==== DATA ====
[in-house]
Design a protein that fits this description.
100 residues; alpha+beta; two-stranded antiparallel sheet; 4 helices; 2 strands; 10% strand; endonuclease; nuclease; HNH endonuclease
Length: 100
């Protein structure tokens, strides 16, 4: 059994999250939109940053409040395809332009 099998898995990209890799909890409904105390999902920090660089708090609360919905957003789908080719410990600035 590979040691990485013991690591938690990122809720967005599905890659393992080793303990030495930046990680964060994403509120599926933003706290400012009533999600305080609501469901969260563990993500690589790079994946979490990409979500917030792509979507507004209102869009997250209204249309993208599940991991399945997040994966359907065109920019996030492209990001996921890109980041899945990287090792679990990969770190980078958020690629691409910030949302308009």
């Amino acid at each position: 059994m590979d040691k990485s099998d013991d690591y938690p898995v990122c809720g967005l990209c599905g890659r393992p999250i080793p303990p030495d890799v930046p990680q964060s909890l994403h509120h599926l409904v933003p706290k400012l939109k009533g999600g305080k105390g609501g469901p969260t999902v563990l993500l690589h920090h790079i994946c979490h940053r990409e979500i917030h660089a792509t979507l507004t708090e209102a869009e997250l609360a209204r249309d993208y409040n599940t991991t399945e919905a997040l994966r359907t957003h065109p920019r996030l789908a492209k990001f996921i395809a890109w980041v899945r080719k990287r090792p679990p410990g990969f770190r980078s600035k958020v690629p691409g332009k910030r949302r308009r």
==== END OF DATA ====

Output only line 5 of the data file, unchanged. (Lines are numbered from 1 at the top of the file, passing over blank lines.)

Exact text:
């Protein structure tokens, strides 16, 4: 059994999250939109940053409040395809332009 099998898995990209890799909890409904105390999902920090660089708090609360919905957003789908080719410990600035 590979040691990485013991690591938690990122809720967005599905890659393992080793303990030495930046990680964060994403509120599926933003706290400012009533999600305080609501469901969260563990993500690589790079994946979490990409979500917030792509979507507004209102869009997250209204249309993208599940991991399945997040994966359907065109920019996030492209990001996921890109980041899945990287090792679990990969770190980078958020690629691409910030949302308009």